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Runaway was the first to cross the finish line in 12 days 15 hours and 4 minutes. Black Pearl won on handicap followed by Runaway and Lion of Africa Vulcan.
Crossing the line first and smashing the record was the Italian Open 70, Maserati skippered by Giovanni Soldini with a time of 10 days 11 hours 29 minutes. Three days behind them was the Australian team aboard the custom Reichel Pugh 52-footer Scarlet Runner finishing 2nd overall with a time of 14 days 19 hours […]
After much persuasion and correspondence, the 2011 race was once returned to its roots to Rio de Janeiro, Brazil and reverted to its name of the Cape to Rio Race with the support of the title sponsor Heineken.
With the growing popularity of multihulls, the 2003 race introduced these craft into the race, and the 60-foot racing trimaran Nicator, sailed by Klas Nylof and crew, and Brazilian Georg Ehrensperger’s 65-foot racing catamaran Adrenalina Pura, offering a rather uneven competition to Hasso Plattner’s latest monohull, again named Morning Glory.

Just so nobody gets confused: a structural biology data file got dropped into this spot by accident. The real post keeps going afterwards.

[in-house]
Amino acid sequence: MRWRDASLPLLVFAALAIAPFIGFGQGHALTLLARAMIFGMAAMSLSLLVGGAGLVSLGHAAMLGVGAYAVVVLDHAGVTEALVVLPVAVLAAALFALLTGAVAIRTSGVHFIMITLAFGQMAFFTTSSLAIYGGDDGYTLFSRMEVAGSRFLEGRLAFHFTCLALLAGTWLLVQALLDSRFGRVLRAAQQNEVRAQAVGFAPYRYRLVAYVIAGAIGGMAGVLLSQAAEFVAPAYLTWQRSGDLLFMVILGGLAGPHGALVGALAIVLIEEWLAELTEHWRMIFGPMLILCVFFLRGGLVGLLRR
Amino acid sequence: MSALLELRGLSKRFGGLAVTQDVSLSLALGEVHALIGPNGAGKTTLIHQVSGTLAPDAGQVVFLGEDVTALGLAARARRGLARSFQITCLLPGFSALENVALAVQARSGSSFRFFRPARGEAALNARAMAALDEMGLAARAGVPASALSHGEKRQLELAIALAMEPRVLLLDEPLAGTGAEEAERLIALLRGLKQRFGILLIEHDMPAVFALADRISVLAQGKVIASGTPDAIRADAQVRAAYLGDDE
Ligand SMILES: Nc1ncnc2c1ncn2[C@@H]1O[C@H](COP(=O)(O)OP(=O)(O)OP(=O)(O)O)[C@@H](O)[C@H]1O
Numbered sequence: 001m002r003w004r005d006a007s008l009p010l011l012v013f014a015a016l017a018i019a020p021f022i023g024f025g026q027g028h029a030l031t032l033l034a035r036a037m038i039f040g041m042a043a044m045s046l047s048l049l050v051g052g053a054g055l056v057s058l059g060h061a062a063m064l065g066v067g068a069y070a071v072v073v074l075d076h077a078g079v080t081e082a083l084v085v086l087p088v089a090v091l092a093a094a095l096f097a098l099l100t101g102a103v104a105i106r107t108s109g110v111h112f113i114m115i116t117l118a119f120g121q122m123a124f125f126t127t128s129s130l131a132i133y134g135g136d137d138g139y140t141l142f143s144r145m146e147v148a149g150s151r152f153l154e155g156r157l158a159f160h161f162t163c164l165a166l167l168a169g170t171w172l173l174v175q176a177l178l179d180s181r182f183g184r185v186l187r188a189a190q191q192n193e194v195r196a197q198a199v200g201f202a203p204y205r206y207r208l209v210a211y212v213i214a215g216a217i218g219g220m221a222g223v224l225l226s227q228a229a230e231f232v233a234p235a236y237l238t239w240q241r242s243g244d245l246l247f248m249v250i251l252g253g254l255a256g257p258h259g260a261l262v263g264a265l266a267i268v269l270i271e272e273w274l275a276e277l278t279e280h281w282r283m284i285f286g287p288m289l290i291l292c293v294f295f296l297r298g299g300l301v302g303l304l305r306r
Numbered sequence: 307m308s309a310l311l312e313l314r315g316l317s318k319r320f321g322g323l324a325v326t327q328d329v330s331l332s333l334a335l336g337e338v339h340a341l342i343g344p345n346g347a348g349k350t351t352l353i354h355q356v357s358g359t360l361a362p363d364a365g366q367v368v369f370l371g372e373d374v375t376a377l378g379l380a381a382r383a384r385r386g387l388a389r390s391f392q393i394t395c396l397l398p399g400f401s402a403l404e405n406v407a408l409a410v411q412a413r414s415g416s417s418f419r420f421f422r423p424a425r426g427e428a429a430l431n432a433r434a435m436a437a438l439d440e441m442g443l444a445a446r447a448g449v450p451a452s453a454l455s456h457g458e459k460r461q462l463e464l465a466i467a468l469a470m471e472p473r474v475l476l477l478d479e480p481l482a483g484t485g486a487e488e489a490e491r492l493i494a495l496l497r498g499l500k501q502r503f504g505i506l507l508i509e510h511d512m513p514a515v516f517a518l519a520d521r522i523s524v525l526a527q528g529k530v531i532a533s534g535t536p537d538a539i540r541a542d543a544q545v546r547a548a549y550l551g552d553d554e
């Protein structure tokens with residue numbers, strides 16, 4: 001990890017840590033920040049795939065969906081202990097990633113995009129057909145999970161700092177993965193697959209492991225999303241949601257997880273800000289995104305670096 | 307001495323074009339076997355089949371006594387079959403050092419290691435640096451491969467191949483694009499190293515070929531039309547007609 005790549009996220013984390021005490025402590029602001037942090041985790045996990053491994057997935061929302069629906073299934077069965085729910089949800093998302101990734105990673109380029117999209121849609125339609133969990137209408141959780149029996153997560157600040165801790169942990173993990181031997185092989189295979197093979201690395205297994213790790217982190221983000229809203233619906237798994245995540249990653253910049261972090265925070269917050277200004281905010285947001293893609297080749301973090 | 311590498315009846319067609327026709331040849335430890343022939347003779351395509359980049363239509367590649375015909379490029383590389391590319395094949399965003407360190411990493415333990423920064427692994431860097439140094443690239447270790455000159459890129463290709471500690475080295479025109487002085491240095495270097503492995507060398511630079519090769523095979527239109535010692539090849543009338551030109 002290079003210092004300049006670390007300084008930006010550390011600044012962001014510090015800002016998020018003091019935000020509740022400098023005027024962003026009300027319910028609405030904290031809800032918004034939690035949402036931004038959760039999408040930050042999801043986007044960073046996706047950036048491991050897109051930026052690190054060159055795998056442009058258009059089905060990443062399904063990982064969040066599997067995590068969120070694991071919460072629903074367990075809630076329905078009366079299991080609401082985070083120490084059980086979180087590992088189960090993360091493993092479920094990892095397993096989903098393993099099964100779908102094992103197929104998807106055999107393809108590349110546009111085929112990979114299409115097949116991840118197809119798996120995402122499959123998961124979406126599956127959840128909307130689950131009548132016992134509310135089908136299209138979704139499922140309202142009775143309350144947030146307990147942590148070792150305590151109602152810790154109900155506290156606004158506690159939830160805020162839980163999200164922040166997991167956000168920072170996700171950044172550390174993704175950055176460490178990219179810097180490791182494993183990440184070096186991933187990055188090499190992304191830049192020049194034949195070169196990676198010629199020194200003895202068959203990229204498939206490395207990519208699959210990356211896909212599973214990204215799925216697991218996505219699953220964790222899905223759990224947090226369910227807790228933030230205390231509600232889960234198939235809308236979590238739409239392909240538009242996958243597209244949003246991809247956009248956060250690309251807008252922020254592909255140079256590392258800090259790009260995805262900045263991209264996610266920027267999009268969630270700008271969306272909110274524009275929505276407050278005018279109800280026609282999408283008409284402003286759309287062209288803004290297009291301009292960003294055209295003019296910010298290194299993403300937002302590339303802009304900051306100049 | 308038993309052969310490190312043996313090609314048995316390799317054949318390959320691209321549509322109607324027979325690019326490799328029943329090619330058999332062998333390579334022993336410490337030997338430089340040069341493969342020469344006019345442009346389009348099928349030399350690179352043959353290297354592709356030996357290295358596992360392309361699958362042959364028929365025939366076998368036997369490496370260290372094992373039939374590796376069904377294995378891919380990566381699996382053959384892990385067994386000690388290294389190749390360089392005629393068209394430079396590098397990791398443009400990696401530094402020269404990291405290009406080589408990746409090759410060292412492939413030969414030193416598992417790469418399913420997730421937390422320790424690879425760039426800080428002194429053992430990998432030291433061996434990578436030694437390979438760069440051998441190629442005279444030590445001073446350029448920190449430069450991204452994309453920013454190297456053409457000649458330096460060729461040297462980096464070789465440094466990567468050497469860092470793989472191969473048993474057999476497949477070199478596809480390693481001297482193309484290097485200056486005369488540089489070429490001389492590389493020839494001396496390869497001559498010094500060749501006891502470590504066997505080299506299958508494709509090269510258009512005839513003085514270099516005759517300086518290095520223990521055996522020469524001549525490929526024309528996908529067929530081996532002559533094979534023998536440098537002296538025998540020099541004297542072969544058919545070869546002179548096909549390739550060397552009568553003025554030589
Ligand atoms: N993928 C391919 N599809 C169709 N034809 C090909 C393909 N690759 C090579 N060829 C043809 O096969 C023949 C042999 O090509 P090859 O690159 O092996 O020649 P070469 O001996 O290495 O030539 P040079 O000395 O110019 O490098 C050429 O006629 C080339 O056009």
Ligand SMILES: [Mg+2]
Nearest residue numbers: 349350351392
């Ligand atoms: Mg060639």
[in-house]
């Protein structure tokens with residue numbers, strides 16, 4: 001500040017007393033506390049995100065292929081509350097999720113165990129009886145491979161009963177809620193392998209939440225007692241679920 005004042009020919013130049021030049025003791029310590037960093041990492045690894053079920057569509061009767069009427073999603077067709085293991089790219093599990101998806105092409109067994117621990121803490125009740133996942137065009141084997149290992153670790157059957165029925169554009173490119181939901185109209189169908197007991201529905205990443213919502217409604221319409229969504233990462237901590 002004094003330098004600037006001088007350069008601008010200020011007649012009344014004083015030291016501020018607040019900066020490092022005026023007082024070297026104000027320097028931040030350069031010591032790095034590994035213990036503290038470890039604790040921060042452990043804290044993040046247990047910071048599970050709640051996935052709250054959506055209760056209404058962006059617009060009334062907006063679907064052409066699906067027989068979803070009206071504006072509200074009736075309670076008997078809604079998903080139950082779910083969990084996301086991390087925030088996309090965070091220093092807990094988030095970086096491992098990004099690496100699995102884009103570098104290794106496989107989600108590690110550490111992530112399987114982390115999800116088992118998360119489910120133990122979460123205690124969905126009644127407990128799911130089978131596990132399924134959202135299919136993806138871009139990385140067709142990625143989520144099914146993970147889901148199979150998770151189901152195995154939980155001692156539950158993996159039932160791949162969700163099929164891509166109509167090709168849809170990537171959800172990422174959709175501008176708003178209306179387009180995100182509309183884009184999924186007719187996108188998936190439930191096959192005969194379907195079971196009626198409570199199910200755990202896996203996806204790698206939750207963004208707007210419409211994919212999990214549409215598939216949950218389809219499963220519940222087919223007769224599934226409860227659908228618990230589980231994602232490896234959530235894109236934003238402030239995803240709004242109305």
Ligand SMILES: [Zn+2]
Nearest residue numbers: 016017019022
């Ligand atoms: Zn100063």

Although the next race should have been held in 1999, it was postponed to 2000, to allow it to coincide with the 500th anniversary of Pedro Cabral’s discovery of Brazil. The 2000 Cape to Rio race, sponsored by MTN, was the first major ocean event of the new millennium.
The final total of 59 entries for the Rio race fell far short of both the 120 that were expected, and the 82 yachts that set sail in the last event three years previously, however the race proved to be exciting as ever.
A surprisingly large fleet of 83 yachts were on the start line on January 9th, 1993, where two locally-built maxis, Parker Pen designed by Angelo Lavranos, and Broomstick, designed by Alex Simonis, led the fleet out into the bay followed by Morning Glory – a high-tech 15.3m race machine purpose-built for the event for skipper Doctor Hasso Plattner
Unfavourably light winds turned the 1985 edition into a real test of fortitude for the competitors as the extremely slow-going meant many crews had to deal with depleted water and food supplies.
The 1982 race was once again held to Punta del Este, however entries increased from 36 to 48. The international sporting boycott of South Africa, protesting its apartheid policies of the time, saw to it that there were only two foreign entries in the fleet.
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